aerodynamics

# Lift generation by Kutta Joukowski Theorem

**Background and Historical Note:**

When
asked how lift is generated by the wings, we usually hear arguments about
velocity being higher on the upper surface of the wing relative to the lower
surface and then applying Bernoulli’s principle, the pressure is higher on the lower surface of the wing than the
upper, resulting in a net upward force called a lift. But now the question arises what is the reason for this pressure difference? We already know from our previous article on Coanda effect that how airflow remains attached to the airfoil surface. The
generation of lift by the wings has a bit complex foothold. The “Bernoulli” explanation was established in the mid-18

^{th}century and has few assumptions. More curious about Bernoulli's equation? Check out this article here.
One more popular explanation of lift takes circulations into consideration. It was
during the time of the first powered flights (1903) in the early 20

^{th}century, that investigators such as Martin Kutta and Nikolai Y. Joukowski (Zhukouski) were connecting lift with**the circulation**of air on the contours of the wings and lift was no longer looked simply as an interplay between pressure and velocity. The “Kutta-Joukowski” (KJ) theorem, which is well-established now, had its origin in Great Britain (by Frederick W. Lanchester) in 1894 but was fully explored in the early 20^{th}century. The developments in KJ theorem has allowed us to calculate lift for any type of two-dimensional shapes and helped in improving our understanding of the wing aerodynamics. In the following text, we shall further explore the theorem.## What is Circulation?

The frictional force which negatively affects the efficiency of most of the mechanical devices turns out to be very important for the production of the lift if this theory is considered. In further reading, we will see how the lift cannot be produced without friction.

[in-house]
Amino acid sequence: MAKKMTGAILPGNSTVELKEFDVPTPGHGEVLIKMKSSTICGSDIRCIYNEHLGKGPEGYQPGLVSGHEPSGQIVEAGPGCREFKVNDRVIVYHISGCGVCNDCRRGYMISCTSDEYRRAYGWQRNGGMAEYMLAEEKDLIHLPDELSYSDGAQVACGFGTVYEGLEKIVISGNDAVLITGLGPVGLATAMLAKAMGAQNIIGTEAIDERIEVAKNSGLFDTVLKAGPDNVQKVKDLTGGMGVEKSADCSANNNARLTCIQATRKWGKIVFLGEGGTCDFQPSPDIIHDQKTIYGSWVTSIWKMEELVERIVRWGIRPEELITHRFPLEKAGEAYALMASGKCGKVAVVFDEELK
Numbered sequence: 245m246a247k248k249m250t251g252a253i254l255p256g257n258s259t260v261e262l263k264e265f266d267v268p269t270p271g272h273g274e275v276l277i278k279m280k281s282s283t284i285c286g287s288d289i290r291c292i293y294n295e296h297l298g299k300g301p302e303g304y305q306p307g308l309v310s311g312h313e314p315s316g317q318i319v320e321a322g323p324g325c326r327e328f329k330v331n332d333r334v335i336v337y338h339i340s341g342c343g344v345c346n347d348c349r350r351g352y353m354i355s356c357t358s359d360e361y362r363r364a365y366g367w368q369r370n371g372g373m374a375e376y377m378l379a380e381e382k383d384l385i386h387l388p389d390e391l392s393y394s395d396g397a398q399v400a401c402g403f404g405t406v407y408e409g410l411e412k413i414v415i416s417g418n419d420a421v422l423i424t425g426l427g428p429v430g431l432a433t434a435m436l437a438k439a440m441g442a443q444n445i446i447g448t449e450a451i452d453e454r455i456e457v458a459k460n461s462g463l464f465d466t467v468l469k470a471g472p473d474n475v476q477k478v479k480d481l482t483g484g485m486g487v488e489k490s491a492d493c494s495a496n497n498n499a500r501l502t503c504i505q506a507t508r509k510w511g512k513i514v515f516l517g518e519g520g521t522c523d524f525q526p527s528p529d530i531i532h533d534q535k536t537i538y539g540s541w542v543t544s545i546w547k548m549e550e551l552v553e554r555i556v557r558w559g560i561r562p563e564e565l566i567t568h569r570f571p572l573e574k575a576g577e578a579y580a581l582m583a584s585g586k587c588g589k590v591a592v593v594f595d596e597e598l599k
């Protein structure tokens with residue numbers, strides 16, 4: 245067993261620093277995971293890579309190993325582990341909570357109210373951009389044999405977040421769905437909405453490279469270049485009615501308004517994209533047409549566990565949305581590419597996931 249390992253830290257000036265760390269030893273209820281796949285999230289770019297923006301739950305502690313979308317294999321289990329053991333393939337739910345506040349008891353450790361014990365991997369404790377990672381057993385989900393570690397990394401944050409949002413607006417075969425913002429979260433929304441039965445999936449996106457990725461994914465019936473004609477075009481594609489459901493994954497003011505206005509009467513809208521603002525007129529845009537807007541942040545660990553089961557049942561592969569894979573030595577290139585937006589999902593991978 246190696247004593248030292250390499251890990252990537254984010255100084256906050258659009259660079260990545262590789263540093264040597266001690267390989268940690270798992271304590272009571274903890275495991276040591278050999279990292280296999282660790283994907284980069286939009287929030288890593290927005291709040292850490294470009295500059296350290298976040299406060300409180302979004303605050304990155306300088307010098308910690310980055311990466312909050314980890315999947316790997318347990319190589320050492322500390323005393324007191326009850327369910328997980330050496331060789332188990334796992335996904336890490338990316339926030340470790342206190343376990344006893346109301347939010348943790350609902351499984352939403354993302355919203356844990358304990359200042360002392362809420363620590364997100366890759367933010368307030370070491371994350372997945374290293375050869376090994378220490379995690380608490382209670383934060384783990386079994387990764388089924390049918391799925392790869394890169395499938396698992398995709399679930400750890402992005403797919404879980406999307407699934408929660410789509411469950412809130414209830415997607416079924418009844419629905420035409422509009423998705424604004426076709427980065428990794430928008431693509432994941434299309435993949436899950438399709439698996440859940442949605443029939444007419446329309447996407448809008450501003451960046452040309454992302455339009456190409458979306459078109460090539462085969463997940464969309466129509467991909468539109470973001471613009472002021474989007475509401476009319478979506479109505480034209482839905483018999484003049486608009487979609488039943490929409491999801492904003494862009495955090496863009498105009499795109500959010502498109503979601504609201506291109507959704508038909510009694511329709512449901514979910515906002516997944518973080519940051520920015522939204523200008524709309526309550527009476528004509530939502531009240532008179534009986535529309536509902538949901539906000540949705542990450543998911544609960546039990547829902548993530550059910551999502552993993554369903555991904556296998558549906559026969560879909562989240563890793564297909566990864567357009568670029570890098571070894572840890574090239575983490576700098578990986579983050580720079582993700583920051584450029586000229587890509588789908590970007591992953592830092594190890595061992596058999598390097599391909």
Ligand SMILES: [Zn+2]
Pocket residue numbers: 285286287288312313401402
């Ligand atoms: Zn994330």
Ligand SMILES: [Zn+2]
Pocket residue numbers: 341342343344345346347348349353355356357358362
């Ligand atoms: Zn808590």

To understand lift production, let us visualize an airfoil (cut section of a wing) flying through the air. With this picture let us now zoom closely into what is happening on the surface of the wing. The air close to the surface of the airfoil has zero relative velocity due to surface friction (due to Van der Waals forces). Due to the viscous effect, this zero-velocity fluid layer slows down the layer of the air just above it. Similarly, the air layer with reduced velocity tries to slow down the air layer above it and so on. This happens till air velocity reaches almost the same as free stream velocity. These layers of air where the effect of viscosity is significant near the airfoil surface altogether are called a 'Boundary Layer'. This boundary layer is instrumental in the wing’s ability to produce lift.

Boundary-Layer |

Let's begin with the rotating cylinder in the uniform flow field. It is easy to visualize lift produced due to circulation around the rotating cylinder. Assume clockwise rotating cylinder. Clockwise circulation sets around the cylinder due to its rotation. The upper part of the cylinder which moves toward right boosts the free stream velocity just above it in the same direction. On the other hand, the lower part of the cylinder which moves toward the left slows down the free velocity. This velocity difference causes static pressure difference above and below the cylinder which results in a lift in a rotating cylinder.